About CRPS

Complex Regional Pain Syndrome is, as its name suggests, complex!

​In its most simplest explanation, it is continuing pain out of proportion to the severity and normal time frame of the event that caused the initial pain. As well as pain it involves sensory, autonomic, motor and/or tropic symptoms.

CRPS Type 1 arises from a variety of risk factors, most commonly trauma such as fractures and soft tissue injuries. CRPS Type 1 is the most common. (It was previously referred to as Reflex Sympathetic Dystrophy (RSD) and Sudeck’s atrophy).

CRPS Type 2 is associated with nerve injury. (It was previously referred to as causalgia).


People with CRPS experience some or all of the following in their affected limb:

  • persistent pain which can be severe
  • burning or freezing sensations
  • swelling
  • hypersensitivity to touch
  • joint stiffness
  • skin colour changes (may appear red, mottled, or cyanosed, or all at different times)
  • increased sweating
  • changes to the skin, nails, and hair
  • muscle weakness and spasms.

The emotional impact of CRPS can lead to distress, anxiety and depression.


Under the Budapest Criteria, to make a clinical diagnosis all four of the following must be met:

  1. Continuing pain which is disproportionate to any inciting event
  2. Must report at least one symptom in three of the four following categories
    • Sensory: reports of hyperaesthesia
    • Vasomotor: reports of temperature asymmetry and/or skin colour changes and/or skin colour asymmetry
    • Sudomotor/Oedema: reports of oedema (swelling) and/or sweating changes and/or sweating asymmetry
    • Motor/Trophic: reports of decreased range of motion and/or motor dysfunction (weakness, tremor, dystonia) and/or trophic changes (hair, nail, skin)
  3. Must display at least one sign at time of evaluation in two or more of the following categories
    • Sensory: evidence of hyperalgesia (to pinprick) and/or allodynia (to light touch and/or temperature sensation and/or deep somatic pressure and/or joint movement)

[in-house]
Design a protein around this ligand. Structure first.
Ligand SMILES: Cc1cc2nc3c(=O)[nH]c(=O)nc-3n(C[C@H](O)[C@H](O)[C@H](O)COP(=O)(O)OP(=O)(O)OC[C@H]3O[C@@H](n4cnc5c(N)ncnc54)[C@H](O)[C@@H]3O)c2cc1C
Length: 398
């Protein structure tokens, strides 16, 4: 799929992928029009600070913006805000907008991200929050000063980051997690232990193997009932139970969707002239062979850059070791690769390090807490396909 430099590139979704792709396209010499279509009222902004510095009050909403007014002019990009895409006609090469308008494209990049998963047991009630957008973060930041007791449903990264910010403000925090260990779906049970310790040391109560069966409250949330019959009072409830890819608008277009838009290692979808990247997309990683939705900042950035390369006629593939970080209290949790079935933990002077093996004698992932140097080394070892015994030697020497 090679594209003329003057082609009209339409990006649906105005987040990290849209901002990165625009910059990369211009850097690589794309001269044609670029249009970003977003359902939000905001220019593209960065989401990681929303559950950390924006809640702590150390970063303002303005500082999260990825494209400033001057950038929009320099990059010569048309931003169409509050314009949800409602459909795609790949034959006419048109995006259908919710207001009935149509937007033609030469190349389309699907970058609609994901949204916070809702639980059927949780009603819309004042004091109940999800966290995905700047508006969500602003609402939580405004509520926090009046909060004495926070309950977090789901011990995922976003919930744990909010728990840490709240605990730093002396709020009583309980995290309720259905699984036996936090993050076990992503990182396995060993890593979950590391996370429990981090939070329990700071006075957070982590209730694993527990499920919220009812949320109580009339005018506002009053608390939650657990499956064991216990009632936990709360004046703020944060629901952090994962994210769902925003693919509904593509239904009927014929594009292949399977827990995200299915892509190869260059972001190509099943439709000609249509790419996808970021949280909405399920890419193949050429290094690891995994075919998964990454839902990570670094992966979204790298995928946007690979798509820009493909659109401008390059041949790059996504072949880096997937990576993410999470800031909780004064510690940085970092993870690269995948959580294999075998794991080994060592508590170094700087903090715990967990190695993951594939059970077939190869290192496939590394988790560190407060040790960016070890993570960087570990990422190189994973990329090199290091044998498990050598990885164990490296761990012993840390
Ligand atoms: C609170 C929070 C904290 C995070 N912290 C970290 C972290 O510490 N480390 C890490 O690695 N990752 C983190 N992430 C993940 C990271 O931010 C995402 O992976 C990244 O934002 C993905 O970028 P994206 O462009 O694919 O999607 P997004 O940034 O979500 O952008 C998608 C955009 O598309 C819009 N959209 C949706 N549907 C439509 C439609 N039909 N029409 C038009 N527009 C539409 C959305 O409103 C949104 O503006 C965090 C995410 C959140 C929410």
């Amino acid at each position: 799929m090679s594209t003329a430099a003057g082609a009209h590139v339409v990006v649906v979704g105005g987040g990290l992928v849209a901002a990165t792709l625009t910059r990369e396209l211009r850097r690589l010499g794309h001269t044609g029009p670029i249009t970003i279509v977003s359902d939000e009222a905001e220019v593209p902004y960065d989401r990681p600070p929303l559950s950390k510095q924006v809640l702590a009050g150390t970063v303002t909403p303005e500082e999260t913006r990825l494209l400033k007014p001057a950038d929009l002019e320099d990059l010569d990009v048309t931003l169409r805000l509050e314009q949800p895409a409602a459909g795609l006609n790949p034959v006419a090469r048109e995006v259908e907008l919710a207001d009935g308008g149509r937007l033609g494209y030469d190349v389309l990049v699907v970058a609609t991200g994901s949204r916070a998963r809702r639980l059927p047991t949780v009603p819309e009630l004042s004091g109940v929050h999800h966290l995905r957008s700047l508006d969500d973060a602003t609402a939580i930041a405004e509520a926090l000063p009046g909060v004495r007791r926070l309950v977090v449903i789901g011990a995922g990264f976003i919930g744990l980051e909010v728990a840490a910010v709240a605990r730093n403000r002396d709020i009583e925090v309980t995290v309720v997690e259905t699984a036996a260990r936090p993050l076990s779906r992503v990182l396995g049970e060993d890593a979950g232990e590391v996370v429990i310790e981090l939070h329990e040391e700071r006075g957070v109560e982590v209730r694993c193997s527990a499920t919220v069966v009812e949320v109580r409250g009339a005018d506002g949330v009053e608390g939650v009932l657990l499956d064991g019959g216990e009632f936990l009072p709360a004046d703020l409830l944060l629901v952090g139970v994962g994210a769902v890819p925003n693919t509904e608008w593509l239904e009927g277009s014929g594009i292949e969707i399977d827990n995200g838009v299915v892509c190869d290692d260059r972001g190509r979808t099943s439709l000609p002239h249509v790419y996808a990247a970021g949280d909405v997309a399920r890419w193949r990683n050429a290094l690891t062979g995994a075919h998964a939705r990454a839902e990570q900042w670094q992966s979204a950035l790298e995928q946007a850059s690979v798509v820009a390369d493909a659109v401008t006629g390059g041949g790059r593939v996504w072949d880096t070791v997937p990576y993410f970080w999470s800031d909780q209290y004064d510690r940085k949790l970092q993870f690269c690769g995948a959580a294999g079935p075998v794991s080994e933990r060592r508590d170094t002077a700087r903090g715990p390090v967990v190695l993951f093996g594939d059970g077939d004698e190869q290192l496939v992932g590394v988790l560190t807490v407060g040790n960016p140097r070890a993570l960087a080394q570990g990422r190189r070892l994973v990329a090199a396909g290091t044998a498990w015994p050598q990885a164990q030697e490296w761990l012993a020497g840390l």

• Vasomotor: evidence of temperature asymmetry (>1 oC) and/or skin colour changes and/or asymmetry
    • Sudomotor/Oedema: evidence of oedema (swelling) and/or sweating changes and/or sweating asymmetry
    • Motor/Trophic: evidence of decreased range of motion and/or motor dysfunction (weakness, tremor, dystonia) and/or trophic changes (hair, nail, skin)
  4. There is no other diagnosis that better explains the signs and symptoms.

Dimensions of pain

This diagram is a visual representation of some of the categories and words that individuals can use to describe the quality and intensity of their pain. The McGill Pain Questionnaire was developed by Melzack and Torgerson (Melzack, 1975).


Complex regional pain syndrome is complicated to treat. Treatment is more likely to be successful if it starts early after CRPS has manifested, ideally within the first six months. Unfortunately CRPS often goes undiagnosed because its symptoms can be mistaken as that of other conditions and medical professionals often do not recognise it.

CRPS requires a multidisciplinary team approach to treatment. Following is a list of some of the treatments that people with CRPS may be given:

  • information & education
  • medication
  • physiotherapy
  • pain psychology
  • pacing, breathing, relaxation techniques
  • graded motor imagery
  • mirror therapy
  • hydrotherapy
  • occupational therapy.

There is no proven cure for CRPS. The aim of these interventions is to reduce pain, increase functionality, and improve quality of life.

Understanding CRPS

video spotlight – MAy-June 2024
Past video spotlights


  • Melzack, R. (1975). The McGill Pain Questionnaire: Major properties and scoring methods. Pain 1(3), 277-299. https://doi.org/10.1016/0304-3959(75)90044-5
  • Royal College of Physicians. (2018). Complex regional pain syndrome in adults. (2nd ed.). https://www.rcplondon.ac.uk/guidelines-policy/complex-regional-pain-syndrome-adults